Gold ETFs focus on owning physical gold or shares of gold mining companies, creating different risk profiles. An ETF focused on owning physical gold bars offers investors direct exposure to the price of gold. They tend to match the price movement of gold relatively well. However, ETFs come at a cost in the form of an ETF expense ratio. The cost can be worth it, though, since gold ETFs are often the easiest way to invest in gold. They’re also highly liquid.

Gold stock ETFs and mutual funds typically own shares of several gold miners. The diversification gives investors broad exposure to the gold mining segment, which helps reduce risk. Gold stock ETFs and mutual funds provide investors with upsides beyond the price of gold. However, the downside of gold mining ETFs and mutual funds is that they generally underperform the price of gold.

Gold futures and options

A futures contract gives the holder the right to buy a specific amount of gold at a future date and price. Options contracts also enable the holder to buy or sell shares of a gold ETF or gold mining stock at a specific price and date. The contracts move with the underlying price of gold or the shares of the gold-related equity, giving the investor exposure to gold without owning the underlying investment.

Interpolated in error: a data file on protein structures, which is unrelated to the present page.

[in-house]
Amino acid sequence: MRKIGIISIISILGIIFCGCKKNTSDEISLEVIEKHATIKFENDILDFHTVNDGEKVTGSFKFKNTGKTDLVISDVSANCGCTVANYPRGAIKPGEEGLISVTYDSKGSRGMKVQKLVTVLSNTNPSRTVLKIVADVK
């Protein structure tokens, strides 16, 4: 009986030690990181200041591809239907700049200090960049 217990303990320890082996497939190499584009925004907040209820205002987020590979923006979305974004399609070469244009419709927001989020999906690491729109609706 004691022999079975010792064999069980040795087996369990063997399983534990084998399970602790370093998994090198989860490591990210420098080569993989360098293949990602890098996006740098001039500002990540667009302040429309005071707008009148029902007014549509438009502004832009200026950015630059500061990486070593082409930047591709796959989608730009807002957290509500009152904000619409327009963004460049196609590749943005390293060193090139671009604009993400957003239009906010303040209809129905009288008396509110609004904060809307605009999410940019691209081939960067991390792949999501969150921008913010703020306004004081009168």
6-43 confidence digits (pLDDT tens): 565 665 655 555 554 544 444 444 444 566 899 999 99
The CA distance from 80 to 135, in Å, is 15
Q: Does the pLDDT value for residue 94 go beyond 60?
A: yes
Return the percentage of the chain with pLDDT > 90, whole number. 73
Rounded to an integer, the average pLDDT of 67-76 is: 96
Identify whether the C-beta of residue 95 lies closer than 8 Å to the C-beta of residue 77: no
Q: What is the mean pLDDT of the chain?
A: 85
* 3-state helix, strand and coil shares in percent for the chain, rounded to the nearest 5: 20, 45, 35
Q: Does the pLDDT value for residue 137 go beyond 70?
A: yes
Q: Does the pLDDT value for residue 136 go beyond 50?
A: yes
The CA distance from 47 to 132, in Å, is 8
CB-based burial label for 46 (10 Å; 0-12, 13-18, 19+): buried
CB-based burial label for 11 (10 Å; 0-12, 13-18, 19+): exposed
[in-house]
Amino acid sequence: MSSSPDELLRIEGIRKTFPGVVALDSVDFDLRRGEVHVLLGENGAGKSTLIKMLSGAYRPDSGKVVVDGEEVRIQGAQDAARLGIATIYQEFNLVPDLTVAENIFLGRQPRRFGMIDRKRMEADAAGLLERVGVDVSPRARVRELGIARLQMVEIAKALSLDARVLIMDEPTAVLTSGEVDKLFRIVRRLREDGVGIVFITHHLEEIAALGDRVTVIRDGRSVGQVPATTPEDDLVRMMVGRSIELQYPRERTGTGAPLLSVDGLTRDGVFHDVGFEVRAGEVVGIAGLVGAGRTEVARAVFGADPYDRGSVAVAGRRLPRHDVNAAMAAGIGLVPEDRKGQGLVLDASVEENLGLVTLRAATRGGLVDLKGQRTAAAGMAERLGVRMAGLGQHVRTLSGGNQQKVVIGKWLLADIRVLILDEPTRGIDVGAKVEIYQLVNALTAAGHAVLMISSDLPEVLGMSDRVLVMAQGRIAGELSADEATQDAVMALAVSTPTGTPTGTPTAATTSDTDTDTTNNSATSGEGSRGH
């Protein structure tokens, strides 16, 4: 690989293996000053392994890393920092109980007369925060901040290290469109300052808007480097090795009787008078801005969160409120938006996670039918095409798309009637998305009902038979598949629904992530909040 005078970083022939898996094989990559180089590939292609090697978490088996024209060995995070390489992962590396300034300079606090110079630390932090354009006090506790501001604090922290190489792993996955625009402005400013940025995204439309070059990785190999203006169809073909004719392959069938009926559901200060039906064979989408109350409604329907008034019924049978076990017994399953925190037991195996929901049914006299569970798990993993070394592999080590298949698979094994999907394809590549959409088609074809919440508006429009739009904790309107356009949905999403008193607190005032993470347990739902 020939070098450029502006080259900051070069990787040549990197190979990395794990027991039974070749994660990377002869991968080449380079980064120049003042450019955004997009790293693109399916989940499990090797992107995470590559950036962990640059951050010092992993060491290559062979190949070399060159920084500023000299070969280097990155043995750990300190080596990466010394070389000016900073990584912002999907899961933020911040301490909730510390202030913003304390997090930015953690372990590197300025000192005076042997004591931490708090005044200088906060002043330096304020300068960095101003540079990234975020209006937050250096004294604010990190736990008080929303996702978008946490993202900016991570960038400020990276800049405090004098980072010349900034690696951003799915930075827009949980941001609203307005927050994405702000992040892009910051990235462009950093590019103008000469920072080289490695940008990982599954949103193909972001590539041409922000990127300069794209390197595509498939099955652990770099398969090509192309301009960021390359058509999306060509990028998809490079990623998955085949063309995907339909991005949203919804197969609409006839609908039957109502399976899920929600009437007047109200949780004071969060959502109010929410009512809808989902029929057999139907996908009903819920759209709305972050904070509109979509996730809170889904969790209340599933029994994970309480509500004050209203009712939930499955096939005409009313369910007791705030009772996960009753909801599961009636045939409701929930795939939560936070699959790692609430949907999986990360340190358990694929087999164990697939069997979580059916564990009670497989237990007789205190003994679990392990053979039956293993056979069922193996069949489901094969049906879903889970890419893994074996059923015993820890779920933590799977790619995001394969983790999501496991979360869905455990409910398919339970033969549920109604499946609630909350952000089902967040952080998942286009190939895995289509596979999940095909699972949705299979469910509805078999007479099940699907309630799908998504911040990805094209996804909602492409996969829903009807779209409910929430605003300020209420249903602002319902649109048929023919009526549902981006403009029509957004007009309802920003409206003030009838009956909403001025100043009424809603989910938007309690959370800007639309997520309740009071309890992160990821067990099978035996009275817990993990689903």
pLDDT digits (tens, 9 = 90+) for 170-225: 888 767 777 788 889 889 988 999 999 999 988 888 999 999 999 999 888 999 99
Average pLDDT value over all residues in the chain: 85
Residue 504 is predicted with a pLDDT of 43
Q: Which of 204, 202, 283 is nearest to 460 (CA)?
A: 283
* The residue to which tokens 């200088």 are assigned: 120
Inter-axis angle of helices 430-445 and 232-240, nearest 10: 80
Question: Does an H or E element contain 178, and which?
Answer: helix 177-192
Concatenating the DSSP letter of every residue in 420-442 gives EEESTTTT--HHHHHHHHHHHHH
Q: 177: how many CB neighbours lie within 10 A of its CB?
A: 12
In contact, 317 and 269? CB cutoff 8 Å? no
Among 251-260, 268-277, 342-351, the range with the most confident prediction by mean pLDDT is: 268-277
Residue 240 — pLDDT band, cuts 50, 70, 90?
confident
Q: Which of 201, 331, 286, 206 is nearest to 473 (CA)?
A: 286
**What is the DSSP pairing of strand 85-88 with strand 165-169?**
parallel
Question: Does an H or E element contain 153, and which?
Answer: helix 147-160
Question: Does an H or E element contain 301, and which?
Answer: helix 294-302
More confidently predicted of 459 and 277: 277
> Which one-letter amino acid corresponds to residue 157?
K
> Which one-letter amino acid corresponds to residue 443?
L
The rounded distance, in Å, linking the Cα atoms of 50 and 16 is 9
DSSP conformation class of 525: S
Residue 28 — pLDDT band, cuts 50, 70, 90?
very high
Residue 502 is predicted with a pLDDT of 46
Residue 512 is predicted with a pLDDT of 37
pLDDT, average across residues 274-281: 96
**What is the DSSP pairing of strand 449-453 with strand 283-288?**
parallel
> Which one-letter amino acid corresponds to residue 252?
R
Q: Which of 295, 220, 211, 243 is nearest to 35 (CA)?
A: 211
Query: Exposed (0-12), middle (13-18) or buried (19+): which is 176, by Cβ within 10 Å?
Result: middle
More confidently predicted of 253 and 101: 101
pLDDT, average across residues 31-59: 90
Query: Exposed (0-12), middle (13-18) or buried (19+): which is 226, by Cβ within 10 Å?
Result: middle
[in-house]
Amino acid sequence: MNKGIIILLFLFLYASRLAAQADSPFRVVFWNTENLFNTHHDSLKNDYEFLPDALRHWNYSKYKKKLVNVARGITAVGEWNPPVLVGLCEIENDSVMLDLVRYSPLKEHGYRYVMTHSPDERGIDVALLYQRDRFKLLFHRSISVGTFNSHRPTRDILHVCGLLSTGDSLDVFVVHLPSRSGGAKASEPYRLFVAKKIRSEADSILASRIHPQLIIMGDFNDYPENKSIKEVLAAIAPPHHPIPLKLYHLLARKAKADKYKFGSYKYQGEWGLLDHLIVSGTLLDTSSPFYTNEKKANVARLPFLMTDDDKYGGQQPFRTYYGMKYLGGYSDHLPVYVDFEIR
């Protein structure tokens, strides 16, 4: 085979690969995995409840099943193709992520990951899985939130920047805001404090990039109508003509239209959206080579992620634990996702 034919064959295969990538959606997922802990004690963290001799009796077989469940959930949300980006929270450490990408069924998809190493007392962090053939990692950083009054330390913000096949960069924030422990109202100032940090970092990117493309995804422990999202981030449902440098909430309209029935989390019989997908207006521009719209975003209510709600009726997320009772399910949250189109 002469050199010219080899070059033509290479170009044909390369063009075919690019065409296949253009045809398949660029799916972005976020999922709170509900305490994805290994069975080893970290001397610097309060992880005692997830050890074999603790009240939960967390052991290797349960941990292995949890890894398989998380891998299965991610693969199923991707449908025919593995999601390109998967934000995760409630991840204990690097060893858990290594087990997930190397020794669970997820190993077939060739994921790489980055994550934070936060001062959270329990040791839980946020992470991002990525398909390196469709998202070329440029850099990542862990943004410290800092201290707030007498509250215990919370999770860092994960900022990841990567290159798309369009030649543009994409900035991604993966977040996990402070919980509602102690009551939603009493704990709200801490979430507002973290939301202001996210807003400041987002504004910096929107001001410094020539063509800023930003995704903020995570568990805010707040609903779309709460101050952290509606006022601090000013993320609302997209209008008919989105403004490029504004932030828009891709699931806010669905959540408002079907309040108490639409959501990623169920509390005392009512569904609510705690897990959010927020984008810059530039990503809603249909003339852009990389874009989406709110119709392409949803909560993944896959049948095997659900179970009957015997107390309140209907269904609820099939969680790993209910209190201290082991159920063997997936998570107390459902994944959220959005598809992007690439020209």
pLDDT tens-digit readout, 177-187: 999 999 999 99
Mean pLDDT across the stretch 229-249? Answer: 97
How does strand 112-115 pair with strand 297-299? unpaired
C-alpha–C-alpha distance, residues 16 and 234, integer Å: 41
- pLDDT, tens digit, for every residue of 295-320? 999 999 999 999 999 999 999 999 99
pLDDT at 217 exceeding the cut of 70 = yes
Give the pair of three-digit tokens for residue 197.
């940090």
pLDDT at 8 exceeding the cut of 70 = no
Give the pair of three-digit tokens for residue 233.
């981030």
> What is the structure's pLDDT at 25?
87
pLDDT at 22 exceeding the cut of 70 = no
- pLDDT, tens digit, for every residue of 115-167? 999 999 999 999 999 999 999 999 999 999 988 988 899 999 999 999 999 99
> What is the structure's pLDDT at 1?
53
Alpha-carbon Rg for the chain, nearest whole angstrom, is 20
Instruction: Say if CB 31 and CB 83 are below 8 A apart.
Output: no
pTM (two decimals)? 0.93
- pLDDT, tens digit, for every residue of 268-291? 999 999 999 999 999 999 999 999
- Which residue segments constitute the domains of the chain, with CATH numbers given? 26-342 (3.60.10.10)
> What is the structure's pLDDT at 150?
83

One downside to gold futures and options contracts is leverage. Investors don’t need to put the full value down at purchase. The leverage can increase an investor’s gains but also can cause losses, especially if the holder doesn’t have enough capital to satisfy the purchase. Insufficient capital can force investors to sell at a loss instead of purchasing to hold for a potential future recovery.

The bottom line on investing in gold

There are many ways to invest in gold, and each has its pros and cons. While investors should weigh each option to determine the best method for their circumstances and risk tolerance, gold price ETFs and gold streaming and royalty companies tend to be ideal options for beginning gold investors. They offer lower downside risk compared to other options. They also tend to match the price performance of gold (or beat it, in the case of streaming and royalty companies). That helps investors seeking gold’s safety and inflation protection to benefit from a gold investment with more liquidity than a physical gold investment.

FAQs

Many factors affect the price of gold. These include demand for the metal in making jewelry, for some technology applications, and for investment purposes. Other factors, such as the amount of gold in central bank reserves, the value of the U.S. dollar, and the desire by investors to hold gold as a hedge against inflation or currency devaluation, help to drive its price.

Many investors see gold as a good hedge against rising prices and a store of value. It has also historically been a strong hedge during times of financial crisis. The best times to buy gold are when concerns about inflation or economic crisis are beginning to surface since gold tends to rise during those periods.

There’s a lot of debate about how much gold an investor should have in their portfolio. Many investors don’t hold any gold, while others will make it a significant portion of their portfolio. However, as part of a diversified portfolio, a general rule would be to limit gold’s percentage of your portfolio to 5% to 10% of the total account value.